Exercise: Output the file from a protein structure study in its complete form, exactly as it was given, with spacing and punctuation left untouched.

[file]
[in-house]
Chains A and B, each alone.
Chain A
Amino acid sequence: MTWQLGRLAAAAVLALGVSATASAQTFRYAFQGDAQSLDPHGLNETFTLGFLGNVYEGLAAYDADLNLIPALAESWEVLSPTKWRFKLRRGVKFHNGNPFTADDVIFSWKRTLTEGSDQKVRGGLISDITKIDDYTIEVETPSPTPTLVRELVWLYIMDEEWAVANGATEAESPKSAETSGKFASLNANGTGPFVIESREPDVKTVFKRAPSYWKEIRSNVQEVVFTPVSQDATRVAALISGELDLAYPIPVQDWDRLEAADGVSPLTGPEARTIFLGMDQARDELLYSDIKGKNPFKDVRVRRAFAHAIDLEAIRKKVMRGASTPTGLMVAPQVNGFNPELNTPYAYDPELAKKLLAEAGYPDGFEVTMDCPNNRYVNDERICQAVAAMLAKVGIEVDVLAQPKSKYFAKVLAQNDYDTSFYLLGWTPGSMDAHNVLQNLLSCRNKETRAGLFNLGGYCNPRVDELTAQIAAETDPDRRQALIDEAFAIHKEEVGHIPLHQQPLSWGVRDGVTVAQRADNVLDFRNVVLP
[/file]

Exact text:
[in-house]
Chains A and B, each alone.
Chain A
Amino acid sequence: MTWQLGRLAAAAVLALGVSATASAQTFRYAFQGDAQSLDPHGLNETFTLGFLGNVYEGLAAYDADLNLIPALAESWEVLSPTKWRFKLRRGVKFHNGNPFTADDVIFSWKRTLTEGSDQKVRGGLISDITKIDDYTIEVETPSPTPTLVRELVWLYIMDEEWAVANGATEAESPKSAETSGKFASLNANGTGPFVIESREPDVKTVFKRAPSYWKEIRSNVQEVVFTPVSQDATRVAALISGELDLAYPIPVQDWDRLEAADGVSPLTGPEARTIFLGMDQARDELLYSDIKGKNPFKDVRVRRAFAHAIDLEAIRKKVMRGASTPTGLMVAPQVNGFNPELNTPYAYDPELAKKLLAEAGYPDGFEVTMDCPNNRYVNDERICQAVAAMLAKVGIEVDVLAQPKSKYFAKVLAQNDYDTSFYLLGWTPGSMDAHNVLQNLLSCRNKETRAGLFNLGGYCNPRVDELTAQIAAETDPDRRQALIDEAFAIHKEEVGHIPLHQQPLSWGVRDGVTVAQRADNVLDFRNVVLP